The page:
Lying & Working Memory, June 2015BBC Radio 4; BBC Radio 5, BBC World Service; ABC (Australia); all 39 local BBC Radio stations; Downtown Radio in Northern Ireland

Early Humour Survey, May, 2015All 39 local BBC Radio stations; additional interview for BBC Radio Sheffield

Christmas Cracker Jokes on the Naked Scientist¸December, 2014BBC Radio 5; ABC (Australia), BBC Cambridge, Naked Scientist Podcast

BBC Radio Scotland's MacAuley and Co. October, 2012-November 2013: 4 radio interviews about scaring children; practical jokes; imagination; engineering toys for girls

Joking and Pretend, October, 2011: BBC Good Morning Scotland, Central FM



Divergent Thinking in 1-year-olds August, 2016: Scientific American; BPS Research Digest

Lying & Working Memory June, 2015Around 200 sources includingBBC Online; Telegraph; Independent; The Times; Daily Mail X 2; Metro; Mirror; Yahoo News UK; Yahoo News India; USA Today; Forbes; Fox News US; Today Online- NBC television; CBS News Online; Sky News Australia; and many more in India, Australia, Malta, Pakistan, etc.

Joking & Pretending November, 2011Over 100 sources including BBC Online, Telegraph, Mirror, Daily Record, Edinburgh Evening News, Toronto Sun, and more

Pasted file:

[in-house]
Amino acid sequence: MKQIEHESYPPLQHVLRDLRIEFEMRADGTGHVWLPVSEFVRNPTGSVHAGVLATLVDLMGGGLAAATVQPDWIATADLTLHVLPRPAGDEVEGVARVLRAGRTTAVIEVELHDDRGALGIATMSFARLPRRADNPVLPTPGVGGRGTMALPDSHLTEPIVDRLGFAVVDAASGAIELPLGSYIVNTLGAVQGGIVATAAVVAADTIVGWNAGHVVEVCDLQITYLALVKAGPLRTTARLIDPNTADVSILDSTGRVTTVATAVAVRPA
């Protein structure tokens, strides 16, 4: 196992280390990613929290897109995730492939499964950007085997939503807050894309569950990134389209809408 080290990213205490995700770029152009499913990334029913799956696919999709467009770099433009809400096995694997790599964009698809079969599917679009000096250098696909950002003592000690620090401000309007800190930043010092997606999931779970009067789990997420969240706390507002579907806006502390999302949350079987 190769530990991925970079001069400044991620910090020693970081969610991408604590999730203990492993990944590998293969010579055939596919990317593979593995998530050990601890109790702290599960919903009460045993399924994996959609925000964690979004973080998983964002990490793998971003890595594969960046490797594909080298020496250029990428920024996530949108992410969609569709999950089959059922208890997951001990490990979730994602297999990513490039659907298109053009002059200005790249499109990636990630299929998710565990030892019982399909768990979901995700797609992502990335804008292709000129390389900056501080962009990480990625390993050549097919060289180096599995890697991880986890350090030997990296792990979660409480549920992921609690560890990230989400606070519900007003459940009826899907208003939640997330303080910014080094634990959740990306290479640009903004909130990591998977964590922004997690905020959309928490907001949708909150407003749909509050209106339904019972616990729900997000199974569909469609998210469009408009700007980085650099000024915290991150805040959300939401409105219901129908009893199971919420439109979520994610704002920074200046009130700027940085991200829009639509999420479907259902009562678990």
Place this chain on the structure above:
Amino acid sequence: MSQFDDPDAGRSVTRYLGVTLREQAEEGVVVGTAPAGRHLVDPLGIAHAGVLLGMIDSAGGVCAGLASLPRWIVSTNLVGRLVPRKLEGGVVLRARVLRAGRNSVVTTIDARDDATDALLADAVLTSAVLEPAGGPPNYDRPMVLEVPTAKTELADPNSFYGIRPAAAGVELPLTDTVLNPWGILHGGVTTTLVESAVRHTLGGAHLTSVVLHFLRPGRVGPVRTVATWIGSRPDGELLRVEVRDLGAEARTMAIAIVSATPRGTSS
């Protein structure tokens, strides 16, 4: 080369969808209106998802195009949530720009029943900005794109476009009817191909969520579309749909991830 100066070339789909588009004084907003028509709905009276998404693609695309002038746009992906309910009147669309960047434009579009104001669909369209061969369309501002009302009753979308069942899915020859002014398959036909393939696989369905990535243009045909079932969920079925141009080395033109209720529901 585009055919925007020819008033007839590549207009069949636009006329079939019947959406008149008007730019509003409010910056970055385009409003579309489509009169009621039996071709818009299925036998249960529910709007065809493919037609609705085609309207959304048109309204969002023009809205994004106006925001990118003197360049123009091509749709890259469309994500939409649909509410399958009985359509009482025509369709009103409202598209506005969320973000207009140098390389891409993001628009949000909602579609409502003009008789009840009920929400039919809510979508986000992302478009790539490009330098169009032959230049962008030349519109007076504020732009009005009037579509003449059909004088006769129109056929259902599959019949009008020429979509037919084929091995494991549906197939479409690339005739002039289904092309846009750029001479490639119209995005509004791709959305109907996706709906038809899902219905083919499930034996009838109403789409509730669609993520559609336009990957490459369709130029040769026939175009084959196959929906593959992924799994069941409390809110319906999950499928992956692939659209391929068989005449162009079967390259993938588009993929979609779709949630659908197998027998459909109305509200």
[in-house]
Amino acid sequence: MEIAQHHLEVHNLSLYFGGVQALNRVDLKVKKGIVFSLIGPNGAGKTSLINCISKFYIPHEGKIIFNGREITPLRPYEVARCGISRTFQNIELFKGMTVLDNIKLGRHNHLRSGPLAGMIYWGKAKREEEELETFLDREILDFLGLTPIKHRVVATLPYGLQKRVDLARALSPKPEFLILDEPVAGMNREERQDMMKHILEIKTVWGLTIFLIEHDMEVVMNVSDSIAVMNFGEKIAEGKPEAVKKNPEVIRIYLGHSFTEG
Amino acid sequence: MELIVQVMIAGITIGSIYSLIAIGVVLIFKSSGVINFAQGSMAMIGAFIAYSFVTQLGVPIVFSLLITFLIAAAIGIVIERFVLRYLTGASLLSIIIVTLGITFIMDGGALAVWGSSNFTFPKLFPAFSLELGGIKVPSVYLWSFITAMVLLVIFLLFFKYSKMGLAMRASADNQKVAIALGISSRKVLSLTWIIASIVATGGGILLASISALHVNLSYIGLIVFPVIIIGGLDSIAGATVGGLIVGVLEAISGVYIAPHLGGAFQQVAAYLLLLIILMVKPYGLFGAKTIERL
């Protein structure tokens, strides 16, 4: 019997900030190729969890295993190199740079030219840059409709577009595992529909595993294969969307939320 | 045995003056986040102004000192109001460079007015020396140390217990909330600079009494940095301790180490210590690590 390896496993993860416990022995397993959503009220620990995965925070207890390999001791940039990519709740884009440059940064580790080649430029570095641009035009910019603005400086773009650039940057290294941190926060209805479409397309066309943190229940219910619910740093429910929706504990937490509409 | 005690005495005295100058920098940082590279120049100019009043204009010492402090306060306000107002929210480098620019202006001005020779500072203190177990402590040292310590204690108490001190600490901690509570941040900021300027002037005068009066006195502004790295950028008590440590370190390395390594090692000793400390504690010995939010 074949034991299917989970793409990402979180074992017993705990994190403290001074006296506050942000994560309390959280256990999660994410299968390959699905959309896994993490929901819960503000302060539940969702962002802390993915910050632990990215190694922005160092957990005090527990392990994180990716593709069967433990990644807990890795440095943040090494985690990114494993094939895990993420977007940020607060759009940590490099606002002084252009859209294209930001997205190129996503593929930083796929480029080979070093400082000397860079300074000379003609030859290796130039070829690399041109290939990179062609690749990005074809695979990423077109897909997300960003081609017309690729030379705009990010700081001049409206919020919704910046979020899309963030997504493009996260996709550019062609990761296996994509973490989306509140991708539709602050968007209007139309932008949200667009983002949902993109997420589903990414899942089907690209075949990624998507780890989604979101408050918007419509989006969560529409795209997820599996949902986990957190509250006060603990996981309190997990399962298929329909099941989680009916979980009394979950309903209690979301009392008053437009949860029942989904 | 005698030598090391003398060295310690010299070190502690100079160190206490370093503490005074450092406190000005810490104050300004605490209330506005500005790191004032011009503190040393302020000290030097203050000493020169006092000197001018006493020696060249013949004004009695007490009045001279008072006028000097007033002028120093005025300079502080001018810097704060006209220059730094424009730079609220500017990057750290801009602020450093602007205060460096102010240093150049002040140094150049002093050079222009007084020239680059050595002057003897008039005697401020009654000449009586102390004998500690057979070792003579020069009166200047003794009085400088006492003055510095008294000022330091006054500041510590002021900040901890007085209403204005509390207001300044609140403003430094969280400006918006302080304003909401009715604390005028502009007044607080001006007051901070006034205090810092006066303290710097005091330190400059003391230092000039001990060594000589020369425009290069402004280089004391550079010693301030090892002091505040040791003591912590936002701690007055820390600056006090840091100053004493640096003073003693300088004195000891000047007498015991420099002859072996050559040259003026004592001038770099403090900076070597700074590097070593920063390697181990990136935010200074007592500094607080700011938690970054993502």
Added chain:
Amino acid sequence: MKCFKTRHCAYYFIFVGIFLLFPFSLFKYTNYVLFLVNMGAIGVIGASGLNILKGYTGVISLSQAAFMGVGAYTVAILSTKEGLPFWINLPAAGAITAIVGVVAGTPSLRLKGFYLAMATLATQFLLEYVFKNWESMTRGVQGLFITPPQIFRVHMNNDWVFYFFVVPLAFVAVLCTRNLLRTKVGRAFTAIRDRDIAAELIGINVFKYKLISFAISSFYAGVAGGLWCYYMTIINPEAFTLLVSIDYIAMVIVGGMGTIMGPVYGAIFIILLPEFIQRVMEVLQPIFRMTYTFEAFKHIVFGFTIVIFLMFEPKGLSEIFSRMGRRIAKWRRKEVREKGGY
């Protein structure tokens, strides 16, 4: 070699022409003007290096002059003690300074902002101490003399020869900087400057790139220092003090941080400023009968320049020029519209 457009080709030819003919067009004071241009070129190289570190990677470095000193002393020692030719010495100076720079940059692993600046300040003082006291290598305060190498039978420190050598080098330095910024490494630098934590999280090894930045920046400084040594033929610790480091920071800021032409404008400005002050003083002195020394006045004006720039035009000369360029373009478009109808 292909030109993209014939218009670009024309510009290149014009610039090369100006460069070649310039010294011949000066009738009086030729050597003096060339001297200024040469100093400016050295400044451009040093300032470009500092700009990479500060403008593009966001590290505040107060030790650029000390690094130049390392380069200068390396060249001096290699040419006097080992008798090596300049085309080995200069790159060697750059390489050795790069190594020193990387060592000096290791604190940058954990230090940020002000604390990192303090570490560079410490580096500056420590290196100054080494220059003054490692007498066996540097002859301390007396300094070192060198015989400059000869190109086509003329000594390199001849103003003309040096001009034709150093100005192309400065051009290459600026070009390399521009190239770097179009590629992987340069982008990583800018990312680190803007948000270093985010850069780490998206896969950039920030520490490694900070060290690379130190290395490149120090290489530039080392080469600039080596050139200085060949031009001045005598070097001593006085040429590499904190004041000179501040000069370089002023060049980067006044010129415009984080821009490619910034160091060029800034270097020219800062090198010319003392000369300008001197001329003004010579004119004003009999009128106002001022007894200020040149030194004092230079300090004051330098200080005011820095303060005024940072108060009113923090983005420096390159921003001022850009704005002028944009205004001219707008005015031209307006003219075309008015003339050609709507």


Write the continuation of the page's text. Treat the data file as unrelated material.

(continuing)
Toddlers’ Joking, November, 2012: BPS Research Digest,Herald, Metro

Acoustic Cues to Joking, February, 2012: BPS News

Toddlers’ Understanding of Humorous Intentions, March, 2008: APA Monitor; BPS Research Digest



Ph.D. in Psychology, Cardiff University (2007)
Humour and Intention Understanding in 18- to 36-Month-Olds
Awarded the George Butterworth Young Scientist Award for best developmental psychology Ph.D. in Europe for 2007/2008 from the European Society for Developmental Psychology

Hon. B.Sc. in Cognitive Science & Artificial Intelligence (2003)
University of Toronto
Graduated with High Distinction

PhD students


Birsu Kandemirci (2014-):  Effects of Technology and Scaffolding on Children's Creativity (funded by Turkish Government)

Stephanie Powell (2016-):  The effects of technology on young children's creativity (ESRC Studentship)

Burcu Soy (2016-):  The links between humor and social-cognition in young children (funded by Turkish Government)

Sophie Turnbull (Second Supervisor, 2014-):  The development of flexible cognition in children and adults (University of Sheffield Studentship)

Simone Bijvoet-van den Berg (2010-13):  Children's ability to generate novel actions (Psychology Studentship, University of Stirling)

Ed Donnellan (Third Supervisor, 2015-17):  The role of mental state attribution in social attention (Psychology studentship, University of Sheffield)